For TKU August 2023 added support for the aging feature for the hosts discovered through the API provider. For more details, see (DRDC1-20380).
For TKU March 2023 added support for API discovery of Kubernetes clusters managed by Rancher. For details, see (DRDC1-17254) and Discovering Kubernetes clusters managed by Rancher.
For TKU December 2022 the following updates were introduced:
- API queries for Pods, Services Deployments and ReplicaSets are now split by namespaces. So each API call will return objects available for certain namespace. (DRDC1-19386)
- Load Balancer Service node key has been updated with namespace to make it more unique. (DRDC1-20121)
- IP Address node discovered via API Provider is now synced to CMDB. (DRDC1-20148)
For TKU October 2022 v1beta1 Ingresses API version is replaced with v1. From now on, only v1 will be used for Ingress discovery. Please note that v1 Ingress API is already available in Kubernetes v1.19+. For details see, (DRDC1-19580).
This topic introduces Kubernetes and information on how BMC Discovery determines information on the installation. For information on how to use BMC Discovery to discover your Kubernetes deployment, see Discovering containers.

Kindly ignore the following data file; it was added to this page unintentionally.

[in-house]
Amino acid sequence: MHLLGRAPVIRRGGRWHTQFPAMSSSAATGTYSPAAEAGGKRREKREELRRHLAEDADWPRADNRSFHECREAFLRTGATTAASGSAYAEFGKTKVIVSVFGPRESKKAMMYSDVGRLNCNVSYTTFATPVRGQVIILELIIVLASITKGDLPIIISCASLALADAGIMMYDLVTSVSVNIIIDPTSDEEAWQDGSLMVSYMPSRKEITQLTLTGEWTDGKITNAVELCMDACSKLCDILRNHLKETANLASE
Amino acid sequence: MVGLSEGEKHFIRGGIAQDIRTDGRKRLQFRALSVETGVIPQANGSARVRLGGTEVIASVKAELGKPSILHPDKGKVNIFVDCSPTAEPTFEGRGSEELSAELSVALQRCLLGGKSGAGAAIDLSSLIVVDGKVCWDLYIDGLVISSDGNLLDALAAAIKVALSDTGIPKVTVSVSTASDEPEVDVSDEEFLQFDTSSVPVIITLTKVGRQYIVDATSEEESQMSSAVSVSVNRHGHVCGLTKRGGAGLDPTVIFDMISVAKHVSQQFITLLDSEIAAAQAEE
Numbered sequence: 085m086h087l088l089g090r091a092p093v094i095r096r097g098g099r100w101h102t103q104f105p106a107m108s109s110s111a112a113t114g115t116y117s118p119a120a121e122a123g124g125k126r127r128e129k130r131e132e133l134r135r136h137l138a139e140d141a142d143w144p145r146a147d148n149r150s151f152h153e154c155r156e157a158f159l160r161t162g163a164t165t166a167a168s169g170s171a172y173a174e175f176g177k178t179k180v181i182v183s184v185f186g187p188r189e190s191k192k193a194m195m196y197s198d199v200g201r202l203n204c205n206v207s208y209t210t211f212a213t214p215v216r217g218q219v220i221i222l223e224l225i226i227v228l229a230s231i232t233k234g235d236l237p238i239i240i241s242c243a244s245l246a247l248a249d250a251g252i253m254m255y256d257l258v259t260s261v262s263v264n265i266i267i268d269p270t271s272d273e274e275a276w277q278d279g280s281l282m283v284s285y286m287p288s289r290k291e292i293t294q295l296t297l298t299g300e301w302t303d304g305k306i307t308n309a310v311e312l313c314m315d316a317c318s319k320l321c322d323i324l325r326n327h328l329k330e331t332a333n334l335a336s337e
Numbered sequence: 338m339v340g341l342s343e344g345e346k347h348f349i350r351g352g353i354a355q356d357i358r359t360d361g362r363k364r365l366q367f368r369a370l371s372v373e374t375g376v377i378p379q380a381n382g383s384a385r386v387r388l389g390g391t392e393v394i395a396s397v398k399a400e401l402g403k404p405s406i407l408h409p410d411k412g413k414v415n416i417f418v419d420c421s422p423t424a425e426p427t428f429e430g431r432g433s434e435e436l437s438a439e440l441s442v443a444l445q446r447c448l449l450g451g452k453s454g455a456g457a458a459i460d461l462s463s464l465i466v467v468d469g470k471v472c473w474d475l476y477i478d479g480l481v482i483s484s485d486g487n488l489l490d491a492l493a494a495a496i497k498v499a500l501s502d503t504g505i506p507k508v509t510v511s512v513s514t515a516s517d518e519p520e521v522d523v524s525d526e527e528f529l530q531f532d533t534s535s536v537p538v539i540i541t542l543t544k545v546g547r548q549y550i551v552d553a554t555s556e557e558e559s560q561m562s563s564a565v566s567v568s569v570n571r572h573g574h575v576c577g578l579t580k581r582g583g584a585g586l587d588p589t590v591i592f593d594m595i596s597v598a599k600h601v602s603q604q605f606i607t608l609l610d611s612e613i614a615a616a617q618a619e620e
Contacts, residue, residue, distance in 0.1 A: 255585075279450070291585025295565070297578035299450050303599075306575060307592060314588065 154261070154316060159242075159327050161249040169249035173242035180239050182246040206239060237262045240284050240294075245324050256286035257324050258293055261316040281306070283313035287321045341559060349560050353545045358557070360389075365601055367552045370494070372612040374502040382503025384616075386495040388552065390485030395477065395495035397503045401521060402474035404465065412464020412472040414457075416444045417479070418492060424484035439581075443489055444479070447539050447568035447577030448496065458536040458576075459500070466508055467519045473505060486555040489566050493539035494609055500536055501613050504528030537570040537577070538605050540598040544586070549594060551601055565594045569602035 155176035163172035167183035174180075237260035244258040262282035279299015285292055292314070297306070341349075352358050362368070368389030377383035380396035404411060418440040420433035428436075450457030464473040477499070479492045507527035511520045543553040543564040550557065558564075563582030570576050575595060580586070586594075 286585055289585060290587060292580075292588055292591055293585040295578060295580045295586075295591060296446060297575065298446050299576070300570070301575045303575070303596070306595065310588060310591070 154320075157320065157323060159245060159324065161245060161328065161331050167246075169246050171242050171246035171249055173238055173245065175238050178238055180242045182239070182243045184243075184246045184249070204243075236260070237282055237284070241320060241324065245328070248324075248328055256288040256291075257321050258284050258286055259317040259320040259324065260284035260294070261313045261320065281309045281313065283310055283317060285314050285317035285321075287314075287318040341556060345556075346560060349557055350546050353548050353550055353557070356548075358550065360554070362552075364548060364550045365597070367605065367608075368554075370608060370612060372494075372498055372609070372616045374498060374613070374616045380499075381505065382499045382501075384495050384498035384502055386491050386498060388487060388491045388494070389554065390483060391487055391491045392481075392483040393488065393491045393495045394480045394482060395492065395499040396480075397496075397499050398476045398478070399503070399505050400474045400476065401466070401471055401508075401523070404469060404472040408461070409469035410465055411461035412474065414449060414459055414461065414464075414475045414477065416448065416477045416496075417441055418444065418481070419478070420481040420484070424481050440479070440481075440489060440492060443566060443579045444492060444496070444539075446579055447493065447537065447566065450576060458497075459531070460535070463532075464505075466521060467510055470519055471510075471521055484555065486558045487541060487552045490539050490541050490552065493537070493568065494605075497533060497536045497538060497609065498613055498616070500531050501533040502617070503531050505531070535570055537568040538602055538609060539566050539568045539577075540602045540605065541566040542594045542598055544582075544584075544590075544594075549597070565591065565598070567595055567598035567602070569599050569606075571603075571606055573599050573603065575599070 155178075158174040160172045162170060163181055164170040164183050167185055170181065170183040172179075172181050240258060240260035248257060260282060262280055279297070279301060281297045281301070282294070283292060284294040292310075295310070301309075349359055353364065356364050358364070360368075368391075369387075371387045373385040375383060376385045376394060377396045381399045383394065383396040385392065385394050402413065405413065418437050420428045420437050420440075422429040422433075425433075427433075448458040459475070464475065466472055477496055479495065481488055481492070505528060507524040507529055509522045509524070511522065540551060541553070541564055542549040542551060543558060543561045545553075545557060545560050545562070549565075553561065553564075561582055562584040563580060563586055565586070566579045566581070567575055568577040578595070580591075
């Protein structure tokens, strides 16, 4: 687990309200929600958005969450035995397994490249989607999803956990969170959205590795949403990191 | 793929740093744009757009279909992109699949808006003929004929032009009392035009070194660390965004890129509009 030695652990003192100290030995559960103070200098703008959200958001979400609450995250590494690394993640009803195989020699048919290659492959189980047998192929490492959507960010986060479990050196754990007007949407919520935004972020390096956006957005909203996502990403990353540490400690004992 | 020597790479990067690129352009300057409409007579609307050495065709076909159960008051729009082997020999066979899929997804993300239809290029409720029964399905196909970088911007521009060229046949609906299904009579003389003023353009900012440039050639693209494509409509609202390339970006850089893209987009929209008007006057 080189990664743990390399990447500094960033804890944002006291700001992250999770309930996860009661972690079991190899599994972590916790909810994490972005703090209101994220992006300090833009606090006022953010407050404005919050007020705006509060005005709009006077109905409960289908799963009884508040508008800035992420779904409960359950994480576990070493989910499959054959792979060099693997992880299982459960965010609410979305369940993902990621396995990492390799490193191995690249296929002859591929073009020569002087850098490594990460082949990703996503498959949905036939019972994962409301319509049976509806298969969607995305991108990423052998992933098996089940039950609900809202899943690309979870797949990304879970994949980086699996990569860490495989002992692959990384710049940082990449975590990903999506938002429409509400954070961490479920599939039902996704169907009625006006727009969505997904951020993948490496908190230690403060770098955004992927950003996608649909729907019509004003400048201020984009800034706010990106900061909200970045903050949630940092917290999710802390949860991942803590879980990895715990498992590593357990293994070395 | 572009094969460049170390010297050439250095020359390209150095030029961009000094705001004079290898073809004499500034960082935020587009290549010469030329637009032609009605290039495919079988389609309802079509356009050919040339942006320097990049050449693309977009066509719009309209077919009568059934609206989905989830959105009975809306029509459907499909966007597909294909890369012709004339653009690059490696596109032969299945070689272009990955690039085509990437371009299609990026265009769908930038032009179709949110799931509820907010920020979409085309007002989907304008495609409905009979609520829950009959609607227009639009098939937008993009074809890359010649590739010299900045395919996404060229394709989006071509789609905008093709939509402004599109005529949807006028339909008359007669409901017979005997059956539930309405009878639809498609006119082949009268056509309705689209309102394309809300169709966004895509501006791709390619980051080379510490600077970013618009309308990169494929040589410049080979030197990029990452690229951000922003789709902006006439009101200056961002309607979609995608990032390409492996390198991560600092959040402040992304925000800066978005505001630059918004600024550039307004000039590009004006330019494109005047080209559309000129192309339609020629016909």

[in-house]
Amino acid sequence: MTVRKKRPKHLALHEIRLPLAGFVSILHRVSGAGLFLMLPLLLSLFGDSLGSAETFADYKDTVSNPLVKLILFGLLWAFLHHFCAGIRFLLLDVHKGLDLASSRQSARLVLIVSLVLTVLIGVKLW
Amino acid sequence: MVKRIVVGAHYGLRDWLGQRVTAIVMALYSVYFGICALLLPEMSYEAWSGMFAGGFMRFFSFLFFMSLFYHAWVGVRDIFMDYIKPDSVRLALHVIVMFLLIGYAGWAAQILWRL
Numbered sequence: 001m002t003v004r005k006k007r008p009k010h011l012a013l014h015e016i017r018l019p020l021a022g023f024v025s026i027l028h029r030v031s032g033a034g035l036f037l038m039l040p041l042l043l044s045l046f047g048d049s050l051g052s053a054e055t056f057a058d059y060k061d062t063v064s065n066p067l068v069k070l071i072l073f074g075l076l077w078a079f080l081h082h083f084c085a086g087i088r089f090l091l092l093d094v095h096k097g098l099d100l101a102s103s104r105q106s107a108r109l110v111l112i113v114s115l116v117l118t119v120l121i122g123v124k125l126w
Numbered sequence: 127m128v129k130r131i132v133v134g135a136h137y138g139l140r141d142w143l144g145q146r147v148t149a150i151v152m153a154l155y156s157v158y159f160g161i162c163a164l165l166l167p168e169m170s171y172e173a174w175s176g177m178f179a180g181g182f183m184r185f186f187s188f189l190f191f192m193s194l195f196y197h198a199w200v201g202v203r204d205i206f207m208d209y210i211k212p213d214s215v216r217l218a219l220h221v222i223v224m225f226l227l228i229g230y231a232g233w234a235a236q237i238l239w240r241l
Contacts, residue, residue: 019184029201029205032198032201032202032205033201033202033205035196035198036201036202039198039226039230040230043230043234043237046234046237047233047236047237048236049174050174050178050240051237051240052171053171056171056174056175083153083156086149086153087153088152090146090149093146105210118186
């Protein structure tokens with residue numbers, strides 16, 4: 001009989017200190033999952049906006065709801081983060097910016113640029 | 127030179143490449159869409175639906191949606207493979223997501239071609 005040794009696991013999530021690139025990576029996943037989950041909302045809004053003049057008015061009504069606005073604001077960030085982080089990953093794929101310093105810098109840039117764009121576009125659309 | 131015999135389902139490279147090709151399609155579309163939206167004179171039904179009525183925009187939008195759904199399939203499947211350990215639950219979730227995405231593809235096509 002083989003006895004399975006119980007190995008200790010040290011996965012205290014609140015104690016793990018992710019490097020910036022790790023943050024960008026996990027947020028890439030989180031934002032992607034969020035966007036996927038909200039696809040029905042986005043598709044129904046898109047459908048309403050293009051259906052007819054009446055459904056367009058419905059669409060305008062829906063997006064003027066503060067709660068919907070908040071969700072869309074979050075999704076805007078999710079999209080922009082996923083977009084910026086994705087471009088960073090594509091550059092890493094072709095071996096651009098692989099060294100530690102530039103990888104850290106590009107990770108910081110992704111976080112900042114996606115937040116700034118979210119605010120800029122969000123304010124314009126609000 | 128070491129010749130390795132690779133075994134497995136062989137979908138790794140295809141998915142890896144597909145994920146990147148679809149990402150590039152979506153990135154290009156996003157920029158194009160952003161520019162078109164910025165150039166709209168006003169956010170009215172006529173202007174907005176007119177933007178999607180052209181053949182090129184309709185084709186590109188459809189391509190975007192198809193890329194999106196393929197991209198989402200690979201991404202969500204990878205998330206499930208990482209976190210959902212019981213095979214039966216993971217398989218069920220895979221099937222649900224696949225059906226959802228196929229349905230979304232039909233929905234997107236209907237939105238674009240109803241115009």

Kubernetes is an open-source platform for automating deployment, scaling, and operations of application containers across clusters of hosts, providing container-centric infrastructure. Kubernetes can schedule and run application containers on clusters of physical or virtual machines. However, Kubernetes also allows developers to ‘cut the cord’ to physical and virtual machines, moving from a host-centric infrastructure to a container-centric one, providing the full advantages and benefits inherent to containers. Kubernetes provides the infrastructure to build a container-centric development environment.
Kubernetes cluster is a set of nodes: master node and worker node. Multi-master mode is needed for deploying the HA cluster.
The following paragraph describes K8s and OpenShift cluster nodes and their attributes.